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Sunday, December 27, 2015

I hope you and yours had a great Christmas on Friday, if you celebrate such things.

Ours was good, from the moment the boys woke up and remembered what day it was (6:27 a.m., which isn’t bad as such things go) to the moment they staggered back into the house, exhausted, after a long day of festivities and then passed out nearly immediately. There were family members we don’t see very much, an introduction to a new (canine) cousin, lots of good food and far too many presents.

And the certain knowledge, even in the middle of all the fun, that there was someone missing.
There was no attempt at a facsimile of a traditional Polish Christmas Eve meal. (What can I say? My family is mostly Scottish. But I did my best in previous years.) No Christmas tree at the house down the street. No outfits for the boys that might fit them in two or three years. (That was a family joke at this point.) No presents wrapped quite as meticulously as only my mother-in-law could wrap them.
We still have the Christmas present my mother-in-law brought Sam, the earliest of what would have been a plethora of gifts for the beloved grandkids, and it’s doubly precious now. In a few days, we’ll give him that art set and explain what it represents. There are worse ways to deal with grief than art, I figure.

The edges are only starting to get rubbed off the pain. Jimmy has stopped asking to see her; I think he understands, a little, now. Sam is fiercely protective of his father’s feelings, and will only talk about his own when Dad is not around. He admitted as much while taking a stroll on Christmas Day with my mom.

“But at least I still have you,” he told her.

She cried. I cried.

But even through the tears, there was that knowledge this Christmas that you appreciate the time you have, while you have it. The boys got a painful object lesson in that this year. It’s a lesson that we all have to learn at some point in our lives.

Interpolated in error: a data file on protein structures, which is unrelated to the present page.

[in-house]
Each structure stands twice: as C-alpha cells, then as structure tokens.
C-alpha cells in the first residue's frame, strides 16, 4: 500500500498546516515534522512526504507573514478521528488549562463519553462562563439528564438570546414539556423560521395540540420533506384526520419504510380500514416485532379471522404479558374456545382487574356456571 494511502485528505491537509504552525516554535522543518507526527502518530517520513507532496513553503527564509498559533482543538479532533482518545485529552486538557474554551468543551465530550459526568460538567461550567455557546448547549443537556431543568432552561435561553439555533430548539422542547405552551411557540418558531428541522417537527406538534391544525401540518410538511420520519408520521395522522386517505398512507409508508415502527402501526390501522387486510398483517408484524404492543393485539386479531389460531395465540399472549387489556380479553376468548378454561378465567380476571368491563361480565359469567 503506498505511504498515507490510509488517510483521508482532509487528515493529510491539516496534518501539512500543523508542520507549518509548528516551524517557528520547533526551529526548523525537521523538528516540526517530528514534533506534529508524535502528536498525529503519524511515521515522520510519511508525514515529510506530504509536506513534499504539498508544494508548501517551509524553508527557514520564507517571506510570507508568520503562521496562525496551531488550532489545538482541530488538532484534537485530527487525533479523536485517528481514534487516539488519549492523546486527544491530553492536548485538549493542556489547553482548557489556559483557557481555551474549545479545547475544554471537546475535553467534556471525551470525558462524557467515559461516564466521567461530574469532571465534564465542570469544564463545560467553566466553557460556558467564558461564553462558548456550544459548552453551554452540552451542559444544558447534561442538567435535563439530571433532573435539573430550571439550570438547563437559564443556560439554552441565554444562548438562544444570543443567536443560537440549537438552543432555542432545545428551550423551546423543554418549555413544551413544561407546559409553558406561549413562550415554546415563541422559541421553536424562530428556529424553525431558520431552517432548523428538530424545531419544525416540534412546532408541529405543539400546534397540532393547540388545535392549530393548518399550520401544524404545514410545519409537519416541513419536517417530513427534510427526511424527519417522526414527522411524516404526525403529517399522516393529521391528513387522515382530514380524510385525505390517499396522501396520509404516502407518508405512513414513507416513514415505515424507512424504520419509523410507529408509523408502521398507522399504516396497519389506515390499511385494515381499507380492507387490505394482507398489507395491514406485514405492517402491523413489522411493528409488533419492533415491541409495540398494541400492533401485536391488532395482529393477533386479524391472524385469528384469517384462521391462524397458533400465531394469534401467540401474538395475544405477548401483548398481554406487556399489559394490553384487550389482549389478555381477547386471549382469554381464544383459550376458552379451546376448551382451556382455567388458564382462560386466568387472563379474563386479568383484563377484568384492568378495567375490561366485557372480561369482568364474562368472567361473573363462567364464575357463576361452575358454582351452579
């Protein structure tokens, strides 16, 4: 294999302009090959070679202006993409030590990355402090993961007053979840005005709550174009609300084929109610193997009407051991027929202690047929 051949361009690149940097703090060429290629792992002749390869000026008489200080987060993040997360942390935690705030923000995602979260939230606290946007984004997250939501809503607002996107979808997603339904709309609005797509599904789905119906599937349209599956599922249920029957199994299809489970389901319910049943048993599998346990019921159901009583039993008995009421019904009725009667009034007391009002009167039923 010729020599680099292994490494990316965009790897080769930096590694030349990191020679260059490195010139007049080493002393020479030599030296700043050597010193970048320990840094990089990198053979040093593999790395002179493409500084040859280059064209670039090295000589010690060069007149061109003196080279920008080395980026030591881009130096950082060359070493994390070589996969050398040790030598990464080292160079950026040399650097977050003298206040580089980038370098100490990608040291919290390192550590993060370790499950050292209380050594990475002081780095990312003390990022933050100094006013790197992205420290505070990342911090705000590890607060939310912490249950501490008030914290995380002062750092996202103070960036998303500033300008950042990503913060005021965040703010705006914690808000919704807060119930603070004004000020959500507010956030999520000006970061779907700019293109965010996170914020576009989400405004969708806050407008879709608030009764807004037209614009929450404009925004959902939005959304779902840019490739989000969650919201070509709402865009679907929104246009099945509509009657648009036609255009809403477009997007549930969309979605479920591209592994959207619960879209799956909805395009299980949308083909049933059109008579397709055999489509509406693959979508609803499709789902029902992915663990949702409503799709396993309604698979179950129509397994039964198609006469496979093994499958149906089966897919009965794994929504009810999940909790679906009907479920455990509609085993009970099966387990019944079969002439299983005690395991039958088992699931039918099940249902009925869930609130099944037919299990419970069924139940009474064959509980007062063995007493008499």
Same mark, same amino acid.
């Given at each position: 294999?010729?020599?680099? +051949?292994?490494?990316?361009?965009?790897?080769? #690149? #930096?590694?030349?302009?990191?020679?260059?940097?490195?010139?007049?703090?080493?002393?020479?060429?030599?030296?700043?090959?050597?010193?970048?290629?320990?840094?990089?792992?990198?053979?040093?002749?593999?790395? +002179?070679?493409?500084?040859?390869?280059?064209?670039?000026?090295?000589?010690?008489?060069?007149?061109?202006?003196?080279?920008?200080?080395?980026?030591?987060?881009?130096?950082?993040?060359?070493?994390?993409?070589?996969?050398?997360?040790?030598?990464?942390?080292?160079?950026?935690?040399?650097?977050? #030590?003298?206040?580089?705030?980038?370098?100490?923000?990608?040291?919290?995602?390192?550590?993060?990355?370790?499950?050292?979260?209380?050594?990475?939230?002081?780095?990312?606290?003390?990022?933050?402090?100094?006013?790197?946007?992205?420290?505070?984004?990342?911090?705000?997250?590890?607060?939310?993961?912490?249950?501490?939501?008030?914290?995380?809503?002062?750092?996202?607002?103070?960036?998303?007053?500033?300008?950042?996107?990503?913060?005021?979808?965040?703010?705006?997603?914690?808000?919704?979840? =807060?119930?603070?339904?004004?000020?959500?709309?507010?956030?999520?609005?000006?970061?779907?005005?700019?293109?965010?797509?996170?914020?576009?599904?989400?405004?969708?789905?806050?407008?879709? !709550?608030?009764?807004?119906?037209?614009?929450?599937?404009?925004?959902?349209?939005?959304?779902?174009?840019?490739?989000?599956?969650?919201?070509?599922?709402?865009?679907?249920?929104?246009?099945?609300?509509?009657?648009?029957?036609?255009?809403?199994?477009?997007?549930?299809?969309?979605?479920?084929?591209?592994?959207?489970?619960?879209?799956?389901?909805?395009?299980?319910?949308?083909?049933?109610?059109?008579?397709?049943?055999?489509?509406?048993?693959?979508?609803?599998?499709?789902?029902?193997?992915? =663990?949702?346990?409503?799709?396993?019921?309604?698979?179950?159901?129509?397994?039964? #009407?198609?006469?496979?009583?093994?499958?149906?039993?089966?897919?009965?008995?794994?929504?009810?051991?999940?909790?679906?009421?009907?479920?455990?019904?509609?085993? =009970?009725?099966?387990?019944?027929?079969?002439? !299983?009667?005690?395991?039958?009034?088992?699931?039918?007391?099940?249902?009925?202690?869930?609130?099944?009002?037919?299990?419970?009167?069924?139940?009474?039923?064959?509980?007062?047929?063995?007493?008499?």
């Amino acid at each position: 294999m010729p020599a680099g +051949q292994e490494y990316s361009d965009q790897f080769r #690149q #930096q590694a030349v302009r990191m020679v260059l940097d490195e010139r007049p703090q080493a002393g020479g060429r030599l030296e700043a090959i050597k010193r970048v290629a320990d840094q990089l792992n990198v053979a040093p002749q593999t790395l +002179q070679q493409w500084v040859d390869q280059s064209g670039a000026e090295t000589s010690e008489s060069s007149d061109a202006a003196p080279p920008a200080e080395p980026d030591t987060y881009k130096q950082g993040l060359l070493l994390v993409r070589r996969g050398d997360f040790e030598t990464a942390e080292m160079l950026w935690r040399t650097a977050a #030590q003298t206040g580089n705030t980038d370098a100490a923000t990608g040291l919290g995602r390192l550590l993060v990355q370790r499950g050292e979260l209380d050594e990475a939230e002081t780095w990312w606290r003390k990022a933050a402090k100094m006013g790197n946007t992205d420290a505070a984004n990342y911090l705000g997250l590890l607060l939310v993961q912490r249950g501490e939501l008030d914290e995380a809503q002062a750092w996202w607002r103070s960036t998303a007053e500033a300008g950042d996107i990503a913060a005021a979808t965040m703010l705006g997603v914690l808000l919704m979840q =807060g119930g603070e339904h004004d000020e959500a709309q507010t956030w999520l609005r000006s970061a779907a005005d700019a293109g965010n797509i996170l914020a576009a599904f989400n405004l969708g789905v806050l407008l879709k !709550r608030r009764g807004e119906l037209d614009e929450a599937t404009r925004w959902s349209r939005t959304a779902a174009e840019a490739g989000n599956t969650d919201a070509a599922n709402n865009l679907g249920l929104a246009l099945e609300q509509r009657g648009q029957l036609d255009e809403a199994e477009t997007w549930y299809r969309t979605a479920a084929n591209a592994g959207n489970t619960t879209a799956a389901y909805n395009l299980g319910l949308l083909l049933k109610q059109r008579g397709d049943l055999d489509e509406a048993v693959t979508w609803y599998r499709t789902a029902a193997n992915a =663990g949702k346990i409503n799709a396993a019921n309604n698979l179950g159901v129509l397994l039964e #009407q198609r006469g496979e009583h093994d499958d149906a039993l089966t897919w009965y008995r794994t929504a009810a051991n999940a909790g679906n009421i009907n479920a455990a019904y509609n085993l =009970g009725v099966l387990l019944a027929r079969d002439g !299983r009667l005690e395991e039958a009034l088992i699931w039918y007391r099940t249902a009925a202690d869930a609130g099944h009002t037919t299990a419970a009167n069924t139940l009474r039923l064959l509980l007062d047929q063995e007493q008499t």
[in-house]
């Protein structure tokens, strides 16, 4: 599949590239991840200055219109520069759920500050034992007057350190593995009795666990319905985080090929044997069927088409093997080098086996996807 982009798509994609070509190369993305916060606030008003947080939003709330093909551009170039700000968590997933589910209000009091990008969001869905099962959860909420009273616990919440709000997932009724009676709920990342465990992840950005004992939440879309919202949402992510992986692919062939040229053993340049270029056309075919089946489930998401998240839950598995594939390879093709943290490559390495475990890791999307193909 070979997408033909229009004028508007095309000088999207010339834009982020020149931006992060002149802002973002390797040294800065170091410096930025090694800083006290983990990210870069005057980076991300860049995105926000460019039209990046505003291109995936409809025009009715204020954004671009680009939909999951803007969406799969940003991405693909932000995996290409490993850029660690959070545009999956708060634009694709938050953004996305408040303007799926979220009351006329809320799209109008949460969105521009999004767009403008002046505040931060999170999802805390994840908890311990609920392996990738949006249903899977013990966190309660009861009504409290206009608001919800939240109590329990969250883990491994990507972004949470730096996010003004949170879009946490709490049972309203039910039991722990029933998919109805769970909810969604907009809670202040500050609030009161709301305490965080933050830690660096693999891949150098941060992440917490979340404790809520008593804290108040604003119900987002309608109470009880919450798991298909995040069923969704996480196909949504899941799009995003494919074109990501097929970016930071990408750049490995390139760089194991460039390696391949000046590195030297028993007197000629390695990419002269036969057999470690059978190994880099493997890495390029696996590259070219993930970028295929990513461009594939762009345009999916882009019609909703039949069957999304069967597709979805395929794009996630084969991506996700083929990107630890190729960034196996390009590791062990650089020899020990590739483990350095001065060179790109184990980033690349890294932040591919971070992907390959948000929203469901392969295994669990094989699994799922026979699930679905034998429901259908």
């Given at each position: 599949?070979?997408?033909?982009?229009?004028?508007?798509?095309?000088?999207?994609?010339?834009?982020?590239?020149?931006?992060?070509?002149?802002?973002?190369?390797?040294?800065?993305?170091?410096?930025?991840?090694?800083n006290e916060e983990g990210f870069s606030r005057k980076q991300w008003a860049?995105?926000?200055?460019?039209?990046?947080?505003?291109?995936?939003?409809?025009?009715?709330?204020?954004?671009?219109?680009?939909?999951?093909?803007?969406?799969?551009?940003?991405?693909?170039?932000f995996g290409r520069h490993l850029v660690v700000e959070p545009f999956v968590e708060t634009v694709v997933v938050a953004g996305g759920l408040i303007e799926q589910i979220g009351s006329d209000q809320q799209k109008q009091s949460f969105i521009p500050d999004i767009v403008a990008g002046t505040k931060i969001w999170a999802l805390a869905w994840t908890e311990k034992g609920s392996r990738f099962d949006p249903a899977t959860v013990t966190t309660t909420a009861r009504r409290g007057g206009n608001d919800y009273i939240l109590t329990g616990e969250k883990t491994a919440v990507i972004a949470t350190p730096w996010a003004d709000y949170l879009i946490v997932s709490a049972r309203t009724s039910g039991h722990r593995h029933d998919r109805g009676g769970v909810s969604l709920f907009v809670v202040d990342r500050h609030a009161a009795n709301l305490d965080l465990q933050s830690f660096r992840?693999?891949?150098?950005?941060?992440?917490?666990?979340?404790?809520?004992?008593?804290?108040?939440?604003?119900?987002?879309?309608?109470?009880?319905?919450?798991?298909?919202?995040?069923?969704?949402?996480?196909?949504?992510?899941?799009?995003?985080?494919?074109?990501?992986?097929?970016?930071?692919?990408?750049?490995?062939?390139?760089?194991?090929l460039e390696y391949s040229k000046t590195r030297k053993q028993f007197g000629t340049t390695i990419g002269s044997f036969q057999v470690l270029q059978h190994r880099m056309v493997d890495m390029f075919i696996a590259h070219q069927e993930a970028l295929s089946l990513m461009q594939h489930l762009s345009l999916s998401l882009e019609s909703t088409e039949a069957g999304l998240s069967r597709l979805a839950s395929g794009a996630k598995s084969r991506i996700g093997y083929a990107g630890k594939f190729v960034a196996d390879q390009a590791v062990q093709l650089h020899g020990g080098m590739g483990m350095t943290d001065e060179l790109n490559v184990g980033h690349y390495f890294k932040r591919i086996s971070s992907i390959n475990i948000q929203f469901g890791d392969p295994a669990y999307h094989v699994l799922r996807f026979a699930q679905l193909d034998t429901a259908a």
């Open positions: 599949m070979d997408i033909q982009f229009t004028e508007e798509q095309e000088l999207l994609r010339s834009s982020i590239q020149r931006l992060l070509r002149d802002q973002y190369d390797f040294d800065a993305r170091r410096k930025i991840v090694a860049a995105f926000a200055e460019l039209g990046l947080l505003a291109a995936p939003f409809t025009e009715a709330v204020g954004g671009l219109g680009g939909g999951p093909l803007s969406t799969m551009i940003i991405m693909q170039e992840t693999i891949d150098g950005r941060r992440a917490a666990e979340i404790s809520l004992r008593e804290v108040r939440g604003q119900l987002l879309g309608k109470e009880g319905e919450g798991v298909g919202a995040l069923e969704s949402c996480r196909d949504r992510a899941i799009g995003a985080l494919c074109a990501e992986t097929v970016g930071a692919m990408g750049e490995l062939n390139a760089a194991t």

So hug your loved ones closer this holiday season. You never know when you’re getting one last Christmas.

Make them all count.


For years, we’ve attended the Kids Zone of the New Year’s Eve festivities in the City of Tonawanda, part of the Twin Cities’ ball drop event. This year, we regretfully decided that the boys had finally outgrown the event, which was run by amazing volunteers at the Salem Church.

So it’s time for something new. This year, we’re going to try out First Night Buffalo.

The event runs from 5 to 10 p.m. Dec. 31 at the Buffalo Niagara Convention Center. There are indoor rides, music, characters, shows, even a laser maze. For more information, visit Presale tickets are $10.

But we’ll never forget the wonderful people at Salem Church. Thanks for everything.

+Jill Keppeler and the Keppeler family wish you all a happy and healthy 2016. Follow her on Twitter @JillKeppeler or email her at

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